(Contacts: Tony DiPalo, NMSS, 3014156191, e-mail: firstname.lastname@example.org ; Stephanie R. Martz, OGC, 3014151520, e-mail: email@example.com )
(General Contact: Paul F. Goldberg, NMSS, 3014157842, e-mail: firstname.lastname@example.org)
Significant Enforcement Actions
Detailed information about these enforcement actions can be accessed via the U.S. Nuclear Regulatory Commission (NRC) homepage [http://www.nrc.gov/]. Click on "Nuclear Materials," then "Enforcement," then "Enforcement Actions." Cases are listed alphabetically. To access the complete enforcement action, click on the highlighted text after the name of the case.
Richard W. Dungan, IA 99026. A Severity Level III violation was issued because the individual deliberately allowed an employee to use a gauge without completing the required training program and without dosimetry. The individual cooperated during the inspection and investigation, and was counseled and retrained by the company.
Allan A. Myers, Inc., Worcester, Pennsylvania, EA 99042. A $2750 civil penalty was assessed for deliberately allowing an employee to use a nuclear gauge without being properly trained or certified and without wearing appropriate dosimetry, and because the gauge was left unattended at the work site.
Bradley K. Sherwin, IA 99030. A Severity Level III violation was issued because Mr. Sherwin provided inaccurate information to the NRC and caused his employer to be in violation of NRC regulations by leaving a gauge unattended in an unrestricted area at a temporary jobsite.
Richard A. Speciale, IA 99019. An Order Prohibiting Involvement in NRC-Licensed Activities (Effective Immediately) was issued on July 21, 1999. The Order prohibits involvement in NRC-licensed activities for 5 years, and requires notice to the NRC of any subsequent involvement for 5 years thereafter. The Order was issued because Mr. Speciale: (1) allowed untrained individuals to use moisture density gauges; (2) did not provide these individuals with dosimetry; (3) provided inaccurate information to the NRC; and (4) directed the use of gauges even though the license had been suspended.
Testing Engineers & Consultants, Inc., Troy, Michigan, EAs 99097 and 99169. Civil Penalties in the amount of $5500 were assessed based on deliberate failure to secure or control a nuclear gauge at a temporary jobsite and deliberate failure to provide complete and accurate information to NRC inspectors.
Triad Engineering, Inc., Morgantown, West Virginia, EA 99134. A Severity Level III violation was issued for failure to secure a gauge stored in the bed of a pick-up truck and stolen from a temporary jobsite. Credit was given for corrective action, and a civil penalty was not assessed, in accordance with the Enforcement Policy.
Gary Isakoff, IA 98006. An Order Prohibiting Involvement in NRC-Licensed Activities for 1 year and requiring notice to the NRC of any subsequent involvement for 1 additional year was issued February 24, 1999. The action was based on the conclusion that Mr. Isakoff deliberately falsified a weekly wipe test survey record; requested a subordinate technologist to falsely state that she had conducted the test; and prepared inaccurate dose-dispensing records. Mr. Isakoff requested a hearing on the Order. Subsequently, a settlement was reached in which the NRC agreed to withdraw the Order, and Mr. Isakoff agreed that he will not be involved in NRC-licensed activities for 1 year, beginning August 11, 1999, and will report any subsequent involvement to the NRC for 3 additional years.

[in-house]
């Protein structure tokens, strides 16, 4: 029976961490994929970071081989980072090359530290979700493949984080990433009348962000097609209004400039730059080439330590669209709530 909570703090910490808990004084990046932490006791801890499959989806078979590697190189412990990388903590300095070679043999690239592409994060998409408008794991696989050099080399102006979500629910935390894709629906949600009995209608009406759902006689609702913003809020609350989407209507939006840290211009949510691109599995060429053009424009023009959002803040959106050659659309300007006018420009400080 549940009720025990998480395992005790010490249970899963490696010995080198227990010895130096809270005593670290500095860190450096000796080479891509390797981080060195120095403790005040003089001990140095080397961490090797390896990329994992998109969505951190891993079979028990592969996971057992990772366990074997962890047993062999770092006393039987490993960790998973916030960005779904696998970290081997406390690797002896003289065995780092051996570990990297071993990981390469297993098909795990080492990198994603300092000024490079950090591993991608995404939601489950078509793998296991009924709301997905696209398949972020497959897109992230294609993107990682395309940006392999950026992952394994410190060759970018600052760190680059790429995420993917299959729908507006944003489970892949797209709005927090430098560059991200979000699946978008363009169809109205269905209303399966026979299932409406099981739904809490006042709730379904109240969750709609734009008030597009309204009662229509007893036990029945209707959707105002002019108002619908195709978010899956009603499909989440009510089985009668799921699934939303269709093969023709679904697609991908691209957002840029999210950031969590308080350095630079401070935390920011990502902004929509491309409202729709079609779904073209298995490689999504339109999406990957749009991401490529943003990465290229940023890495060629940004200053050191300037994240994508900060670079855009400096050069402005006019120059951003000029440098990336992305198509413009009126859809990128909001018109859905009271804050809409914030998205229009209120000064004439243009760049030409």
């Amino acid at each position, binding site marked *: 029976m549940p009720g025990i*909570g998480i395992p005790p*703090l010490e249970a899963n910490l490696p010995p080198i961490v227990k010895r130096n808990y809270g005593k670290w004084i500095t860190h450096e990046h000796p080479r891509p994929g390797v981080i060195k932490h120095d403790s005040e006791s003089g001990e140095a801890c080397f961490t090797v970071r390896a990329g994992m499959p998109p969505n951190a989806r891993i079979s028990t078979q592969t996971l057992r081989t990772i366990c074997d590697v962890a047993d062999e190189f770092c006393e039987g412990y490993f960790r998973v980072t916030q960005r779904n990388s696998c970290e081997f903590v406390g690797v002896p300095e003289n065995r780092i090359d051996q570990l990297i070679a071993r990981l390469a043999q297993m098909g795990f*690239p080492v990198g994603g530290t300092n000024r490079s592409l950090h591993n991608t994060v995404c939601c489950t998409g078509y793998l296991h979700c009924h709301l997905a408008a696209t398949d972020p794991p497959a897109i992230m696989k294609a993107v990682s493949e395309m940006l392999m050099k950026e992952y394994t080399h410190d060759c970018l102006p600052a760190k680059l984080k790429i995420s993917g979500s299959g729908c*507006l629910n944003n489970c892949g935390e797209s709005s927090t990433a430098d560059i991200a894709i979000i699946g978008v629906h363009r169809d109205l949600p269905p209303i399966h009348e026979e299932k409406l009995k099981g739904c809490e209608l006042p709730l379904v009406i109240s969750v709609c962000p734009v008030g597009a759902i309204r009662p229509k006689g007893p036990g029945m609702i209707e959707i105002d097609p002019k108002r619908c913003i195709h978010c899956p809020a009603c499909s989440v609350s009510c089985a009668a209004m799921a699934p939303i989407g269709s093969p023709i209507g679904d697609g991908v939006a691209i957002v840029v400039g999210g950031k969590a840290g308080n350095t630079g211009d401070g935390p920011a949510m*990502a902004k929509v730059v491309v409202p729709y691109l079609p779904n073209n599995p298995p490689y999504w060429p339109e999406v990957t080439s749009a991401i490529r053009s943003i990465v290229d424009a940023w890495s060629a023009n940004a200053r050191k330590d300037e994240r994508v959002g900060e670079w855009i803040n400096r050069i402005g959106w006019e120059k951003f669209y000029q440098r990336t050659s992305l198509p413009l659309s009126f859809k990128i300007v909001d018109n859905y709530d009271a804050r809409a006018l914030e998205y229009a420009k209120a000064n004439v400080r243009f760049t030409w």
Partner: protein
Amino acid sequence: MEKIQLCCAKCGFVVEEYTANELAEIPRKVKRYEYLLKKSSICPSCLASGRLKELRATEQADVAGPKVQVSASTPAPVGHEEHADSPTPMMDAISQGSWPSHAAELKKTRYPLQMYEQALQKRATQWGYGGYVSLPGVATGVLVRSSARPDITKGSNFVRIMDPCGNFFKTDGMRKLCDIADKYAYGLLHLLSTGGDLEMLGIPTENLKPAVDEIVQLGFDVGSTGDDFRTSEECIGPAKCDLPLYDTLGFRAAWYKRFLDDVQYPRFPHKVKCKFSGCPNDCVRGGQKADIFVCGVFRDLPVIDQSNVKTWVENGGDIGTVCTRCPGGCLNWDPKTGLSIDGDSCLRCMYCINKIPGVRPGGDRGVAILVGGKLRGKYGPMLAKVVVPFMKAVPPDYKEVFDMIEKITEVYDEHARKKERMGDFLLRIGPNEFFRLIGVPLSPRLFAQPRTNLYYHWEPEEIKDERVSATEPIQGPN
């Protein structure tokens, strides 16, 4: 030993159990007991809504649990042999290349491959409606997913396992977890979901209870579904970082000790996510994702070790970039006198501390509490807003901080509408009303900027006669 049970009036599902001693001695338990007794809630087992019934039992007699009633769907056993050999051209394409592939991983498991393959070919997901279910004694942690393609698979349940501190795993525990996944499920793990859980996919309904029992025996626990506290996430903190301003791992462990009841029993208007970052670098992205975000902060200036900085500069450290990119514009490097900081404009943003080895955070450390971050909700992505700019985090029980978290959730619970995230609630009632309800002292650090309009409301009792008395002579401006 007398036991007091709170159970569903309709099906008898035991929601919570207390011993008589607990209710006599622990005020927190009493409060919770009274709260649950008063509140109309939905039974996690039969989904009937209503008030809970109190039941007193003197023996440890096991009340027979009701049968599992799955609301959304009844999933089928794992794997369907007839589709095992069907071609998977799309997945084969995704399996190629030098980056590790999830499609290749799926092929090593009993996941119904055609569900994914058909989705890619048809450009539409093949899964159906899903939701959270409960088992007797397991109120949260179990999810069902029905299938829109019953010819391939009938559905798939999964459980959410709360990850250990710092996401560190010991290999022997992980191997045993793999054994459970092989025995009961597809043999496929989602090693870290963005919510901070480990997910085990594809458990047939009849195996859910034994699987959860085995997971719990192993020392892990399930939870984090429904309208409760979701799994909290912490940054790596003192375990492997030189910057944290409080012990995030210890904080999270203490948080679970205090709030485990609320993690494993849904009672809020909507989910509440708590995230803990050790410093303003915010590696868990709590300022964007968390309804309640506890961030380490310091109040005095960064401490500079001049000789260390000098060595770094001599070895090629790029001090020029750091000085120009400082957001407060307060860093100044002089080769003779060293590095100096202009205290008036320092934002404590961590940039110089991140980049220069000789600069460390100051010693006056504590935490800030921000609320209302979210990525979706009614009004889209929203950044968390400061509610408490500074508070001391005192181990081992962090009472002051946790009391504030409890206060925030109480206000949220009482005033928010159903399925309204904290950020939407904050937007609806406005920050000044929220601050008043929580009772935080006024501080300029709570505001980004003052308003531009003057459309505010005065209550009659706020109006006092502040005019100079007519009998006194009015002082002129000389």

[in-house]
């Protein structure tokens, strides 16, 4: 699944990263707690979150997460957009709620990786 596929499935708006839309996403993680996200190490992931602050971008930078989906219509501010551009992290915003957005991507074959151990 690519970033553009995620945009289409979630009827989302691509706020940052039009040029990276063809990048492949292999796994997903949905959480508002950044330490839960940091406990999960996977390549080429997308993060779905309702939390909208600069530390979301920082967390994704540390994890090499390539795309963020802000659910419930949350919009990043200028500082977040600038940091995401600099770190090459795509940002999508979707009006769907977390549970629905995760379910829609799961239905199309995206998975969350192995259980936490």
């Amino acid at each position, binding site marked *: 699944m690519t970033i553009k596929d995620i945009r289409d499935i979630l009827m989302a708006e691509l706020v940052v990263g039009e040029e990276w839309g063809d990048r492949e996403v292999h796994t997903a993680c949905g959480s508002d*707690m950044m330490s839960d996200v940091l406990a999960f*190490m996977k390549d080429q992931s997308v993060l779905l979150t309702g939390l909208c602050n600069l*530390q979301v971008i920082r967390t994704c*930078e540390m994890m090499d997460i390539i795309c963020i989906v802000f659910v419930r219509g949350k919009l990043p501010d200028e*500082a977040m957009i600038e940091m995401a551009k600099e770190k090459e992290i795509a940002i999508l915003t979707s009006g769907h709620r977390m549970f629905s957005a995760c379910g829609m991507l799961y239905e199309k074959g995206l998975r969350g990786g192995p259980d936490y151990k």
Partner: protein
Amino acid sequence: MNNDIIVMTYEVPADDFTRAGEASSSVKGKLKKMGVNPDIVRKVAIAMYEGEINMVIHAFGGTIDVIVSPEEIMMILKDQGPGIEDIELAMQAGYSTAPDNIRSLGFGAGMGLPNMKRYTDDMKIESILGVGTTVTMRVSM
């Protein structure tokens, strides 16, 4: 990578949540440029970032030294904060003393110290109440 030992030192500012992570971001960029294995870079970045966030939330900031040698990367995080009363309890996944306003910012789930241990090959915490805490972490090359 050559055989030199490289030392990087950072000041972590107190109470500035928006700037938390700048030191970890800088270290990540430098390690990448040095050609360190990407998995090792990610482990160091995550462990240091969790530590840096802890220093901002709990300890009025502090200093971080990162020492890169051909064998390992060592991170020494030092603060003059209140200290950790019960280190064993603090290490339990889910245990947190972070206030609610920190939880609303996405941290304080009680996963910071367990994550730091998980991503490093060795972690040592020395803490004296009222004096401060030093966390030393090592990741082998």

North Country Hospital and Health Center, Inc., Newport, Vermont, EA 99153. A Notice of Violation for a Severity Level III problem was issued for violations associated with a misadministration, including failures to instruct and supervise the technologist; prepare a written directive; and report the misadministration--as well as failure of the RSO to investigate the misadministration. Credit was given for corrective action, and a civil penalty was not assessed, in accordance with the Enforcement Policy.
Saint Clare's Hospital, Dover, New Jersey, EA 99210. A Notice of Violation for a Severity Level III problem was issued after the loss of three iodine-125 brachytherapy seeds, which was not reported to the NRC as required. The loss was caused by failure to perform an adequate survey. Credit was given for corrective action and a civil penalty was not assessed, in accordance with the Enforcement Policy.
Envirocare of Utah, Inc., Salt Lake City, Utah, EA 99168. A violation was issued at Severity Level III, based on failure to perform adequate surveys in accordance with 10 CFR 20.1501. Credit was given for corrective action and a civil penalty was not assessed, in accordance with the Enforcement Policy.